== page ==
I do not know any way of using the LCP array instead of carrying out a binary search, but I believe what you refer to is the technique described by Udi Manber and Gene Myers in Suffix arrays: a new method for online string searches.
(Note: The below explanation has been copied into a Wikipedia article on 9th April 2014, see diff. If you look at the revision history here and on Wikipedia, you'll see that the one here was written first. Please don't insert comments like "taken from Wikipedia" into my answer.)
The idea is this: In order to find the number of occurrences of a given string P (length m) in a text T (length N),
 You use binary search against the suffix array of T (just like you suggested)
 But you speed it up using the LCP array as auxiliary data structure. More specifically, you generate a special version of the LCP array (I will call it LCPLR below) and use that.
The issue with using standard binary search (without the LCP information) is that in each of the O(log N) comparisons you need to make, you compare P to the current entry of the suffix array, which means a full string comparison of up to m characters. So the complexity is O(m*log N).
The LCPLR array helps improve this to O(m+log N), in the following way:
 At any point during the binary search algorithm, you consider, as usual, a range (L,...,R) of the suffix array and its central point M, and decide whether you continue your search in the left subrange (L,...,M) or in the right subrange (M,...,R).
 In order to make the decision, you compare P to the string at M. If P is identical to M, you are done, but if not, you will have compared the first k characters of P and then decided whether P is lexicographically smaller or larger than M. Let's assume the outcome is that P is larger than M.
So, in the next step, you consider (M,...,R) and a new central point M' in the middle:
M ...... M' ...... R

we know:
lcp(P,M)==k
The trick now is that LCPLR is precomputed such that a O(1)lookup tells you the longest common prefix of M and M', lcp(M,M').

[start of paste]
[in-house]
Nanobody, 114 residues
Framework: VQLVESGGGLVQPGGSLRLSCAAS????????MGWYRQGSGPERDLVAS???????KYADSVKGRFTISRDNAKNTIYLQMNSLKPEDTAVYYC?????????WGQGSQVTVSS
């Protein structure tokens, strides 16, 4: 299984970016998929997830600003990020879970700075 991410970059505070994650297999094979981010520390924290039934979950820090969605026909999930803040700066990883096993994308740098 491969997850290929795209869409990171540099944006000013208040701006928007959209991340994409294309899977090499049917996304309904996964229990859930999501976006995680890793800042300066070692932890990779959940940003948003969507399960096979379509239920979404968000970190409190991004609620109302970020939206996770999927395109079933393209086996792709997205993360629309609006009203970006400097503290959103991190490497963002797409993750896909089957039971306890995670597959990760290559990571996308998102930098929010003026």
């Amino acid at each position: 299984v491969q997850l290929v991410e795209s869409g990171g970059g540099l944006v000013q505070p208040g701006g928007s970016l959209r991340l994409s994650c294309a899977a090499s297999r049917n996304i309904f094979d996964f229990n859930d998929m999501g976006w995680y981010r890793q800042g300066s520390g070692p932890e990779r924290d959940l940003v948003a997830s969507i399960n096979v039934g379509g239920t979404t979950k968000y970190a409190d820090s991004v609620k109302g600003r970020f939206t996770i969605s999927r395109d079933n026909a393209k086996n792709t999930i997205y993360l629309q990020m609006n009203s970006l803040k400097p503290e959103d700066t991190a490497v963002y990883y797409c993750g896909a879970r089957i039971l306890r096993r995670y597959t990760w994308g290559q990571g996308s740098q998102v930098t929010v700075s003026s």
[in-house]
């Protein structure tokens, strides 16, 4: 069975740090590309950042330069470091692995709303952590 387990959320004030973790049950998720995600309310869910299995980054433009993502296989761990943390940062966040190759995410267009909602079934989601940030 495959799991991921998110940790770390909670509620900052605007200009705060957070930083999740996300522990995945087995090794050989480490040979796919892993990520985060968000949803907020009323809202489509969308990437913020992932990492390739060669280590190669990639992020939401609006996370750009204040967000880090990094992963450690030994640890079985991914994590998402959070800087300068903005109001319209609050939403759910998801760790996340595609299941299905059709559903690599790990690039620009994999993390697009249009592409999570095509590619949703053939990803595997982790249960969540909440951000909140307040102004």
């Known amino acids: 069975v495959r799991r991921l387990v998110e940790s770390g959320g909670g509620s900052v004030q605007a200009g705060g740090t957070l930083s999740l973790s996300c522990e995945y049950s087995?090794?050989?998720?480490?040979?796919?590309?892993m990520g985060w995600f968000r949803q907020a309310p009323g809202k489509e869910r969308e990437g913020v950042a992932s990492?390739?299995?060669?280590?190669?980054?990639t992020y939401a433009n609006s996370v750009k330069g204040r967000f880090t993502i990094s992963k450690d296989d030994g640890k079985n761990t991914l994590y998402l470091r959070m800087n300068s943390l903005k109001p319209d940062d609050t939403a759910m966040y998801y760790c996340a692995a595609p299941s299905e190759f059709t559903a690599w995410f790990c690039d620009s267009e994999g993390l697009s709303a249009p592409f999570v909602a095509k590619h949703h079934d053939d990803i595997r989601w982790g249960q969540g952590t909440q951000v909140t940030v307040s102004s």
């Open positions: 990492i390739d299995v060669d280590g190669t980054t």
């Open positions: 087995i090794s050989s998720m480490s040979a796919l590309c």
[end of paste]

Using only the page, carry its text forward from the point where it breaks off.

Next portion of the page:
You know already (from the previous step) that M itself has a prefix of k characters in common with P: lcp(P,M)=k. Now there are three possibilities:
 Case 1: k < lcp(M,M'), i.e. P has fewer prefix characters in common with M than M has in common with M'. This means the (k+1)th character of M' is the same as that of M, and since P is lexicographically larger than M, it must be lexicographically larger than M', too. So we continue in the right half (M',...,R).
 Case 2: k > lcp(M,M'), i.e. P has more prefix characters in common with M than M has in common with M'. Consequently, if we were to compare P to M', the common prefix would be smaller than k, and M' would be lexicographically larger than P, so, without actually making the comparison, we continue in the left half (M,...,M').
 Case 3: k == lcp(M,M'). So M and M' are both identical with P in the first k characters. To decide whether we continue in the left or right half, it suffices to compare P to M' starting from the (k+1)th character.
We continue recursively.
The overall effect is that no character of P is compared to any character of the text more than once. The total number of character comparisons is bounded by m, so the total complexity is indeed O(m+log N).
Obviously, the key remaining question is how did we precompute LCPLR so it is able to tell us in O(1) time the lcp between any two entries of the suffix array? As you said, the standard LCP array tells you the lcp of consecutive entries only, i.e. lcp(x1,x) for any x. But M and M' in the description above are not necessarily consecutive entries, so how is that done?
The key to this is to realize that only certain ranges (L,...,R) will ever occur during the binary search: It always starts with (0,...,N) and divides that at the center, and then continues either left or right and divide that half again and so forth. If you think of it: Every entry of the suffix array occurs as central point of exactly one possible range during binary search. So there are exactly N distinct ranges (L...M...R) that can possibly play a role during binary search, and it suffices to precompute lcp(L,M) and lcp(M,R) for those N possible ranges. So that is 2*N distinct precomputed values, hence LCPLR is O(N) in size.
Moreover, there is a straightforward recursive algorithm to compute the 2*N values of LCPLR in O(N) time from the standard LCP array – I'd suggest posting a separate question if you need a detailed description of that.
To sum up:
 It is possible to compute LCPLR in O(N) time and O(2*N)=O(N) space from LCP
 Using LCPLR during binary search helps accelerate the search procedure from O(M*log N) to O(M+log N)
 As you suggested, you can use two binary searches to determine the left and right end of the match range for P, and the length of the match range corresponds with the number of occurrences for P.